Every workplace has some amount of “workplace chatter” among employees. But when this idle, trivial talk turns into malicious gossip about coworkers, management or confidential workplace matters, the employer can do something about it.
There’s a difference between idle chatter and harmful gossip. Idle chatter involves discussions about parties, fishing and hunting, or trips to the mall. Gossip is conversation based on rumor, or talk of a private, sensational or intimate nature. Gossip can lower morale and decrease productivity.
If gossiping among employees is becoming malicious and hurtful, consider putting a policy in your handbook that strongly prohibits it in the workplace.
For example: “The employer will not tolerate conversation between employees in the workplace that is damaging to coworkers, clients, management, visitors or the public. Violation of this policy will result in disciplinary action.”
Keep in mind the following before you discipline for gossiping:
- Is the conversation affecting workplace performance? Example: Mary tells co-workers Ted is having an affair. Now his co-workers don’t want to work with him and Ted can’t concentrate on his work.
- Confronting someone about gossip is a strong accusation. be sure when you discipline, it’s based on fact, not rumor. And be sure you are disciplining for behavior which has an adverse effect in the workplace. Example: Because of Mary’s comments, co-workers don’t want to work with Ted.
If you have a gossip problem, act immediately. It can get out-of-hand and lead to fights and conflicts between employees.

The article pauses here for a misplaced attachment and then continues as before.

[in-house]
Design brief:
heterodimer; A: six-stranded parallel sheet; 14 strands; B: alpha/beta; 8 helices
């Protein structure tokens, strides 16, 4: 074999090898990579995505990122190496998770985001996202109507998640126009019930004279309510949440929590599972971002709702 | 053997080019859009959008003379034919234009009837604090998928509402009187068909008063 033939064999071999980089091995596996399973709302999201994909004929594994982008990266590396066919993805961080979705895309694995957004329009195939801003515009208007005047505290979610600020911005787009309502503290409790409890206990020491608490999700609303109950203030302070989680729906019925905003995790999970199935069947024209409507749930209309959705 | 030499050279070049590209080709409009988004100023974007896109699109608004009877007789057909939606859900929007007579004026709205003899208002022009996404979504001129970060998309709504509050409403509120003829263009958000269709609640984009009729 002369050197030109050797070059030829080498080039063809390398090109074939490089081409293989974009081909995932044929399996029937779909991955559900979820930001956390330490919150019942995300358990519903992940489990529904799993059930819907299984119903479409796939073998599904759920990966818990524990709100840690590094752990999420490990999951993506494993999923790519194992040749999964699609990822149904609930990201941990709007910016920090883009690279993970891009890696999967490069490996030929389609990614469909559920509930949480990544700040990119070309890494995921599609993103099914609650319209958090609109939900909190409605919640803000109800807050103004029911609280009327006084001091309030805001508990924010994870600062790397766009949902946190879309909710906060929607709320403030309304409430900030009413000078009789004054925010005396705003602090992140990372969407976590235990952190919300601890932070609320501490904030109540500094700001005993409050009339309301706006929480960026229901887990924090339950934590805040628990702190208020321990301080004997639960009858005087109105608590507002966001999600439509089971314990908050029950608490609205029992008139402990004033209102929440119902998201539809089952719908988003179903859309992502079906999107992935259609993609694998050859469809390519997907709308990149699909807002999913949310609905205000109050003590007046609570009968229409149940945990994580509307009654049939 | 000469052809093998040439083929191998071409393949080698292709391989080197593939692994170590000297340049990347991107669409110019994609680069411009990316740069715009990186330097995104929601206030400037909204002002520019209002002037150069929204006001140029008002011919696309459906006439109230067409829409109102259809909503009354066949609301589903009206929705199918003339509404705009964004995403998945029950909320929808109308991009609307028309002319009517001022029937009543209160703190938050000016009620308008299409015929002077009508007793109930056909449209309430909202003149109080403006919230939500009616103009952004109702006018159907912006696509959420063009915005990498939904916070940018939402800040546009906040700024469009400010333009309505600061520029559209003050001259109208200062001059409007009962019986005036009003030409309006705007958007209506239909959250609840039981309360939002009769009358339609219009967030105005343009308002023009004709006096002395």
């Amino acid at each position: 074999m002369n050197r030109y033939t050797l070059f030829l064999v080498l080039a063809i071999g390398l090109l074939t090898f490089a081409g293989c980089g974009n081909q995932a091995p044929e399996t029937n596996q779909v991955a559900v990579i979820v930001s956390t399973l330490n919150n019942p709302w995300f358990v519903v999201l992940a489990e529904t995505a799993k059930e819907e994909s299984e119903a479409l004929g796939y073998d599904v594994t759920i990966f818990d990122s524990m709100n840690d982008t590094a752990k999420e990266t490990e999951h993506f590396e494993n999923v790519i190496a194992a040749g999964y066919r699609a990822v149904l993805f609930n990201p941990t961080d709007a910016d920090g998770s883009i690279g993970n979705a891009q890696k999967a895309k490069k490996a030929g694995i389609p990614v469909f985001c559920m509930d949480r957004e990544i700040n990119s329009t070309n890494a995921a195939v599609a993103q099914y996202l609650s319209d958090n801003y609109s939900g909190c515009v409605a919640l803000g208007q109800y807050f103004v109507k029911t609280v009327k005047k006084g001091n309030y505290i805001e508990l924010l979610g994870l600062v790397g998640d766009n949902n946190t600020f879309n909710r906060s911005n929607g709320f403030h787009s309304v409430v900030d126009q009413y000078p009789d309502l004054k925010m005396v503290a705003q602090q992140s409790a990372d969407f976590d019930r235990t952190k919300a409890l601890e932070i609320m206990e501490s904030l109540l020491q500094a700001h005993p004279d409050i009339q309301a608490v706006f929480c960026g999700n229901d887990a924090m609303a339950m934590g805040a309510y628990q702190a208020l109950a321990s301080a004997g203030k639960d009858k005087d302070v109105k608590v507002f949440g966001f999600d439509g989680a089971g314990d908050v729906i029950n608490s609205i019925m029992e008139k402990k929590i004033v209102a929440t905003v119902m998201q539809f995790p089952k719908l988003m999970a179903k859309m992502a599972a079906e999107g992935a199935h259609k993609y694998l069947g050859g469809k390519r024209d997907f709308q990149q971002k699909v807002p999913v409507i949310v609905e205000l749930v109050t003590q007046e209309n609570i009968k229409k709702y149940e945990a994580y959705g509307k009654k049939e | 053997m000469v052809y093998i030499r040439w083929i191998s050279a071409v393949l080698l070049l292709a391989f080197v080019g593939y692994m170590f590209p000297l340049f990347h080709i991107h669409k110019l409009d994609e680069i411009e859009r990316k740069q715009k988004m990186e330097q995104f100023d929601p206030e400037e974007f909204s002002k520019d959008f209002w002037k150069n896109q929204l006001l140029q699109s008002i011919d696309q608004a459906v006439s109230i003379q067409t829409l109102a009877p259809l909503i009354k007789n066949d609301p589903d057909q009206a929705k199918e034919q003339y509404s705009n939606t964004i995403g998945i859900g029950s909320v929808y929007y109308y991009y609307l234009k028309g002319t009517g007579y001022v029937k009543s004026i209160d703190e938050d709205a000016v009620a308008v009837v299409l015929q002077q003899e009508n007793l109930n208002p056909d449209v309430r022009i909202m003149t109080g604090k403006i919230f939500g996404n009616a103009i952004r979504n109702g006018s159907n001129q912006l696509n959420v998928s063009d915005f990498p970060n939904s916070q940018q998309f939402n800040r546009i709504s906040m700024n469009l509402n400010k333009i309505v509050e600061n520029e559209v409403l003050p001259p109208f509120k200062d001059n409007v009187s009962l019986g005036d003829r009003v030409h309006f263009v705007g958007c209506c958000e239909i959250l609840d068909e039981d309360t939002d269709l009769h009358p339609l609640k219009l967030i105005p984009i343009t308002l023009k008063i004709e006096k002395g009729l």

This could even lead to a Workers’ Compensation claim. A Michigan Court of Appeals once ruled on such a case and stated: “…where the subject of the dispute is not work-related, but is caused by the friction and strain of proximity imposed by the workplace,” the employer could be held responsible.
At least, malicious gossiping among employees can result in lowered productivity and poorer service to customers and clients.
Sample Conduct Policy
Employees will behave in a courteous and respectful manner with co-workers, management, customers, clients, and the public.
When you interact with co-workers, with management, with customers, clients and prospective customers, and with the public, you will conform your conduct to generally accepted standards of good behavior.
The employer will not tolerate employee conduct which creates an intimidating, hostile or offensive working environment. An employee who intimidates, is hostile to, or is offensive to another employee, a customer, client or prospective customer of the employer, to an officer, manager or supervisor, or to the public with whom the employer deals, will be subject to disciplinary action, up to and including termination.
In your comments and conversations with others, avoid insinuations, quibbling, half-truths, and unfounded rumors. Talking and conversations with others in the workplace which is hurtful, harmful or malicious to other employees, customers, clients, management, or visitors is not acceptable and will result in disciplinary action.
Do your part to maintain a friendly, congenial and courteous atmosphere in our workplace at all times. Do your part to contribute to an atmosphere which is pleasant and productive, and which makes our workplace a comfortable and enjoyable place for all employees, our customers, clients, and visitors.